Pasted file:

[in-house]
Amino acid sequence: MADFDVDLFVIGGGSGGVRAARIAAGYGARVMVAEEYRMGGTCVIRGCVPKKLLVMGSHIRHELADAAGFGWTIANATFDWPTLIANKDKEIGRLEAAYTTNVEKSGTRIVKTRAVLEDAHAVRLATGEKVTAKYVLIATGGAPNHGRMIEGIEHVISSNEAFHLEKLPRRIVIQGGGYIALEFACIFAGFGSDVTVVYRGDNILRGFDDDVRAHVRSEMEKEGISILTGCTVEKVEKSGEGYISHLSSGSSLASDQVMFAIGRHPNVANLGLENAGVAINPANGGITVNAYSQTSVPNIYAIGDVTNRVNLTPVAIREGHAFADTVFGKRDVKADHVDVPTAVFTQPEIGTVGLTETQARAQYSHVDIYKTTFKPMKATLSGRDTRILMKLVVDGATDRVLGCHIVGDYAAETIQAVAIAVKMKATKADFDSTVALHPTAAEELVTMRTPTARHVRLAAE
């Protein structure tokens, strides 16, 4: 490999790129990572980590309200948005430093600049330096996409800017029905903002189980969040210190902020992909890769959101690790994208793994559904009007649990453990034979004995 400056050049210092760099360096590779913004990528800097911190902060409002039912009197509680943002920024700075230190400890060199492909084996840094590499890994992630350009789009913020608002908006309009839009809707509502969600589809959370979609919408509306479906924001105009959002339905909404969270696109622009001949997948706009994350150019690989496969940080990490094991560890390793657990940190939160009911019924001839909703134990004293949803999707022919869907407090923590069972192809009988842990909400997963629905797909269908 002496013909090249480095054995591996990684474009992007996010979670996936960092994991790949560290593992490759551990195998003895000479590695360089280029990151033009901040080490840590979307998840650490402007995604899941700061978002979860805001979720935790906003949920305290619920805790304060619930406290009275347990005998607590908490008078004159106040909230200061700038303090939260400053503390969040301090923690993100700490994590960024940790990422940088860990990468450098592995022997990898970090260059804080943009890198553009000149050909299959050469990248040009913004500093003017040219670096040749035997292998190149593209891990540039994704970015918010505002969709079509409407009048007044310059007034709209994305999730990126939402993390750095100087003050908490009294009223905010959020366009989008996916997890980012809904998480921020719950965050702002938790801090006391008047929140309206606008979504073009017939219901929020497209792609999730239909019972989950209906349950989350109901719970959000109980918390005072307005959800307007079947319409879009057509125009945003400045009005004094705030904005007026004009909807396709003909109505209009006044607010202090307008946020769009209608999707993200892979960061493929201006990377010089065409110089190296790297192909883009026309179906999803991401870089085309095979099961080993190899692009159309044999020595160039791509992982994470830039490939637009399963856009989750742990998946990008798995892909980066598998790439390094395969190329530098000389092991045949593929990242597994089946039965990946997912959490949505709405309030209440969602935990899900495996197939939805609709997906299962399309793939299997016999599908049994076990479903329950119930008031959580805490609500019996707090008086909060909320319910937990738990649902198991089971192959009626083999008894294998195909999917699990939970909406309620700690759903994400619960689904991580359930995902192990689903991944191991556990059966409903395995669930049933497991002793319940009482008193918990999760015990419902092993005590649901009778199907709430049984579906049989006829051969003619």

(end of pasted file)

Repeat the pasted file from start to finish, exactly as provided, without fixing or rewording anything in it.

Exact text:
[in-house]
Amino acid sequence: MADFDVDLFVIGGGSGGVRAARIAAGYGARVMVAEEYRMGGTCVIRGCVPKKLLVMGSHIRHELADAAGFGWTIANATFDWPTLIANKDKEIGRLEAAYTTNVEKSGTRIVKTRAVLEDAHAVRLATGEKVTAKYVLIATGGAPNHGRMIEGIEHVISSNEAFHLEKLPRRIVIQGGGYIALEFACIFAGFGSDVTVVYRGDNILRGFDDDVRAHVRSEMEKEGISILTGCTVEKVEKSGEGYISHLSSGSSLASDQVMFAIGRHPNVANLGLENAGVAINPANGGITVNAYSQTSVPNIYAIGDVTNRVNLTPVAIREGHAFADTVFGKRDVKADHVDVPTAVFTQPEIGTVGLTETQARAQYSHVDIYKTTFKPMKATLSGRDTRILMKLVVDGATDRVLGCHIVGDYAAETIQAVAIAVKMKATKADFDSTVALHPTAAEELVTMRTPTARHVRLAAE
């Protein structure tokens, strides 16, 4: 490999790129990572980590309200948005430093600049330096996409800017029905903002189980969040210190902020992909890769959101690790994208793994559904009007649990453990034979004995 400056050049210092760099360096590779913004990528800097911190902060409002039912009197509680943002920024700075230190400890060199492909084996840094590499890994992630350009789009913020608002908006309009839009809707509502969600589809959370979609919408509306479906924001105009959002339905909404969270696109622009001949997948706009994350150019690989496969940080990490094991560890390793657990940190939160009911019924001839909703134990004293949803999707022919869907407090923590069972192809009988842990909400997963629905797909269908 002496013909090249480095054995591996990684474009992007996010979670996936960092994991790949560290593992490759551990195998003895000479590695360089280029990151033009901040080490840590979307998840650490402007995604899941700061978002979860805001979720935790906003949920305290619920805790304060619930406290009275347990005998607590908490008078004159106040909230200061700038303090939260400053503390969040301090923690993100700490994590960024940790990422940088860990990468450098592995022997990898970090260059804080943009890198553009000149050909299959050469990248040009913004500093003017040219670096040749035997292998190149593209891990540039994704970015918010505002969709079509409407009048007044310059007034709209994305999730990126939402993390750095100087003050908490009294009223905010959020366009989008996916997890980012809904998480921020719950965050702002938790801090006391008047929140309206606008979504073009017939219901929020497209792609999730239909019972989950209906349950989350109901719970959000109980918390005072307005959800307007079947319409879009057509125009945003400045009005004094705030904005007026004009909807396709003909109505209009006044607010202090307008946020769009209608999707993200892979960061493929201006990377010089065409110089190296790297192909883009026309179906999803991401870089085309095979099961080993190899692009159309044999020595160039791509992982994470830039490939637009399963856009989750742990998946990008798995892909980066598998790439390094395969190329530098000389092991045949593929990242597994089946039965990946997912959490949505709405309030209440969602935990899900495996197939939805609709997906299962399309793939299997016999599908049994076990479903329950119930008031959580805490609500019996707090008086909060909320319910937990738990649902198991089971192959009626083999008894294998195909999917699990939970909406309620700690759903994400619960689904991580359930995902192990689903991944191991556990059966409903395995669930049933497991002793319940009482008193918990999760015990419902092993005590649901009778199907709430049984579906049989006829051969003619």